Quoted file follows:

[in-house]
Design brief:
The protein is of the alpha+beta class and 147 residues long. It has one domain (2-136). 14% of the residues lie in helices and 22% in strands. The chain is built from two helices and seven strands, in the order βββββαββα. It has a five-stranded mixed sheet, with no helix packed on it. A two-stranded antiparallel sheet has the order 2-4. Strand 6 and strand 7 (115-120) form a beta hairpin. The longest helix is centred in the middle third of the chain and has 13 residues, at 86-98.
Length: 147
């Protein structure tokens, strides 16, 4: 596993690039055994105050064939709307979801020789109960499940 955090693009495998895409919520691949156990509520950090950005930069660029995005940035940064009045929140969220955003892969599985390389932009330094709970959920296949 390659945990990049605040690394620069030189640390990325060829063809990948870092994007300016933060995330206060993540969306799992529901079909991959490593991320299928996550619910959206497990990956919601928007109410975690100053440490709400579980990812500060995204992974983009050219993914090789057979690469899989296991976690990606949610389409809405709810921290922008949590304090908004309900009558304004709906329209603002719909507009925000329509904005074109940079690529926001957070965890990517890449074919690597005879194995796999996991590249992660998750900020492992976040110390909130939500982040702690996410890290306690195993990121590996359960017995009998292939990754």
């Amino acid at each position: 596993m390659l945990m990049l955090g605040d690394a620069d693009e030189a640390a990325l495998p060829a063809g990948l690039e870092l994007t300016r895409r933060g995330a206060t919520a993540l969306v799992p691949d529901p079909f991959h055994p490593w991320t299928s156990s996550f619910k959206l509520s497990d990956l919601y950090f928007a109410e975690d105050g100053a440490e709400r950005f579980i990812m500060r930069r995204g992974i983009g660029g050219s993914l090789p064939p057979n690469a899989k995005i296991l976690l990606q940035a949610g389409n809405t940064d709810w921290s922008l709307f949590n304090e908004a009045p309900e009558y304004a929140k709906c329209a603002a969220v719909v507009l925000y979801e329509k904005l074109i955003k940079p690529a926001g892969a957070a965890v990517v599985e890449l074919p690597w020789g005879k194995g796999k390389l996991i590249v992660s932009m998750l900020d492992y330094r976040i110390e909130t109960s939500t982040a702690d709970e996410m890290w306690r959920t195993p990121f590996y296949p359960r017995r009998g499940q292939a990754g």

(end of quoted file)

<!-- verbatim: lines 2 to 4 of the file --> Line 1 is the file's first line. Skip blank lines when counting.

Design brief:
The protein is of the alpha+beta class and 147 residues long. It has one domain (2-136). 14% of the residues lie in helices and 22% in strands. The chain is built from two helices and seven strands, in the order βββββαββα. It has a five-stranded mixed sheet, with no helix packed on it. A two-stranded antiparallel sheet has the order 2-4. Strand 6 and strand 7 (115-120) form a beta hairpin. The longest helix is centred in the middle third of the chain and has 13 residues, at 86-98.
Length: 147